In aikido, the ability to manage an attack skillfully derives from self-knowledge. To quote Sun Tzu, author of The Art of War:
And so in the military —
Knowing the other and knowing oneself,
In one hundred battles no danger.
Not knowing the other and knowing oneself,
One victory for one loss.
Not knowing the other and not knowing oneself,
In every battle certain defeat.
Richard Strozzi-Heckler takes these precepts and adapts them to the leadership challenges of our era, for both military and civilian organizations, helping each sector learn from the other. What they learn today is different from what they learned from one another in the industrial era. The difference can be summarized in one of the classic commentaries to Sun Tzu: “For the skilled general, victory is attained before the battle is joined. He awaits the moment. A military that rushes to the fight, hoping for victory, assumes the ground of defeat. Blend and harmonize.”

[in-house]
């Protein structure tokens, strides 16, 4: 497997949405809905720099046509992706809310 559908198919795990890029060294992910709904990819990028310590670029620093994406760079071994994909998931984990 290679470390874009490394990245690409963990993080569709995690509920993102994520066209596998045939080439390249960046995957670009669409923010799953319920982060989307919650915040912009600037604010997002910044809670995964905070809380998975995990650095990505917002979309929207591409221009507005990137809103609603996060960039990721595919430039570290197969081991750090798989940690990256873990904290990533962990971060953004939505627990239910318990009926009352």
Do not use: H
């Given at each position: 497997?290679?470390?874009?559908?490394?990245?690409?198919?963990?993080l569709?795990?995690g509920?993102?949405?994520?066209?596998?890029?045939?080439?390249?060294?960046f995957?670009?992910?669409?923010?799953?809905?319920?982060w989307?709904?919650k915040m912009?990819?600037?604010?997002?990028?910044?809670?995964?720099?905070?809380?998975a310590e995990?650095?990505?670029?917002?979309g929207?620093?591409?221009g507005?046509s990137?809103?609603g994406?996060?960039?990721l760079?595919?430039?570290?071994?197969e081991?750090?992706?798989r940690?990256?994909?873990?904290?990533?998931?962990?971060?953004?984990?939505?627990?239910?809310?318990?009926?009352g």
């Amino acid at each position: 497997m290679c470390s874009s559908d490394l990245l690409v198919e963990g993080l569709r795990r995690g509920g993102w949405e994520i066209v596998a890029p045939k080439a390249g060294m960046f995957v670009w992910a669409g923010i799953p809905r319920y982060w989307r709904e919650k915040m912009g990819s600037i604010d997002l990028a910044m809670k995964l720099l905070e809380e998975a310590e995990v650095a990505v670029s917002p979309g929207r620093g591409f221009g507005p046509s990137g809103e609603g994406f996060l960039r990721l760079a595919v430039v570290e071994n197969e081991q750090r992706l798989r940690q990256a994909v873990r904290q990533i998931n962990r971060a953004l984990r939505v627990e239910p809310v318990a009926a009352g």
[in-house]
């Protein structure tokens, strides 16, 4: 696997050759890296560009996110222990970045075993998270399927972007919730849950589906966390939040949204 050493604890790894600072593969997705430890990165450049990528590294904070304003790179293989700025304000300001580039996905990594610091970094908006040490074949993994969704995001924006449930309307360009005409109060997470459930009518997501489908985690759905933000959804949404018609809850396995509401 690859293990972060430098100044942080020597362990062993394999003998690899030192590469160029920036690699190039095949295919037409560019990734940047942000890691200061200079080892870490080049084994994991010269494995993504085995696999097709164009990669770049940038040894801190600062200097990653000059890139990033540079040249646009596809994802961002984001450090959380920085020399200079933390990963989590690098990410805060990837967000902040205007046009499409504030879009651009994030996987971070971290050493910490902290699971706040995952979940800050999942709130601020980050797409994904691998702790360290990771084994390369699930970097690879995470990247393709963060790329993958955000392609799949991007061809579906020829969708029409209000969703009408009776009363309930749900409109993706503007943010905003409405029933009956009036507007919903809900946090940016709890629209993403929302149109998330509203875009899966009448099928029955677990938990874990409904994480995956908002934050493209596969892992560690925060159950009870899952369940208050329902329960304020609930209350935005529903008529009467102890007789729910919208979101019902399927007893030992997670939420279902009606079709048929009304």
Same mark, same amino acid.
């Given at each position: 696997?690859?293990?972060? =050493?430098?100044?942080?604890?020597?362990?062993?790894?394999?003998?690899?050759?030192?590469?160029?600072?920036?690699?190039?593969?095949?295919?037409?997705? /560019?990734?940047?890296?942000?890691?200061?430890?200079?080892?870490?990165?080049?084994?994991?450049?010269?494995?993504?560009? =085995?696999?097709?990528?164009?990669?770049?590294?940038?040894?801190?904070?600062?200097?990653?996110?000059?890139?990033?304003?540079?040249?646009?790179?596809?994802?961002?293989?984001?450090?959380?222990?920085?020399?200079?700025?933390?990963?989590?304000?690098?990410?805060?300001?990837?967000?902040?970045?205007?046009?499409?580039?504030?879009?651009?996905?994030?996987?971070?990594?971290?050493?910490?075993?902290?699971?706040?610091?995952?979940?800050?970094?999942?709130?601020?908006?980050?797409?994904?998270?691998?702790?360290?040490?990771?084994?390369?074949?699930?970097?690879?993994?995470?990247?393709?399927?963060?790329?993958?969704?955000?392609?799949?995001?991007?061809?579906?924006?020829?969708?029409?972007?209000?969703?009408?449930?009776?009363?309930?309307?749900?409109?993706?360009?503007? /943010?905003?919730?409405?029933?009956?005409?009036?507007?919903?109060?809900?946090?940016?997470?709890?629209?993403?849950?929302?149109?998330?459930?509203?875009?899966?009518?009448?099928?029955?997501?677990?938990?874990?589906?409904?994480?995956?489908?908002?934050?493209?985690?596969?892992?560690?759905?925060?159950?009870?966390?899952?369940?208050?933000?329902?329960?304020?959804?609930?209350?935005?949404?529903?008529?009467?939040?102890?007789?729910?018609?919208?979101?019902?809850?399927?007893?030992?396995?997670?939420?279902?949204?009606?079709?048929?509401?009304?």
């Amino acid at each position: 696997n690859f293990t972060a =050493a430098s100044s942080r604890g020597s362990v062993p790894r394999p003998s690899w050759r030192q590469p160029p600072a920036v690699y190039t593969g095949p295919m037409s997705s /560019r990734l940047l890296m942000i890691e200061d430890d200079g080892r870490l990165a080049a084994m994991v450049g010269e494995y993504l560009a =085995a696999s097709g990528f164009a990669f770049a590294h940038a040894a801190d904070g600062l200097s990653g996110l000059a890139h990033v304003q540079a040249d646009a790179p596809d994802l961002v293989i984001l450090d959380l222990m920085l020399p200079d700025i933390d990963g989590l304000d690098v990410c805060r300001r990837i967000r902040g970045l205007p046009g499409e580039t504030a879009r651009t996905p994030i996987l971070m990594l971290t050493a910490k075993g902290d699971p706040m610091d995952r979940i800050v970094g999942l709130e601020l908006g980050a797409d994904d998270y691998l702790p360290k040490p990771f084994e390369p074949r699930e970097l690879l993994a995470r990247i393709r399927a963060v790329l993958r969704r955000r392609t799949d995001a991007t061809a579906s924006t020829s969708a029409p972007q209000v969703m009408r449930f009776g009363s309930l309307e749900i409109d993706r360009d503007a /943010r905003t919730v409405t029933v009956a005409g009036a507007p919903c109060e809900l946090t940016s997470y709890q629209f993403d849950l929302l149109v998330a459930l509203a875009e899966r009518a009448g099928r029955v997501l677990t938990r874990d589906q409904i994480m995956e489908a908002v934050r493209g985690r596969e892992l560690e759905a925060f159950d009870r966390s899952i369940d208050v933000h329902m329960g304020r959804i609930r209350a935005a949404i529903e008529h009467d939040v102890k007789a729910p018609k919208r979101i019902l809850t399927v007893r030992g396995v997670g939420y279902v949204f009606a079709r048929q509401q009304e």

Reprint No. 07406
Sally Helgesen (email@example.com) is a leadership development consultant and author of five books, including The Female Advantage: Women’s Ways of Leadership (Doubleday, 1990) and The Web of Inclusion: Architecture for Building Great Organizations (Currency/ Doubleday, 1995). Her Web site is www.sallyhelgesen.com.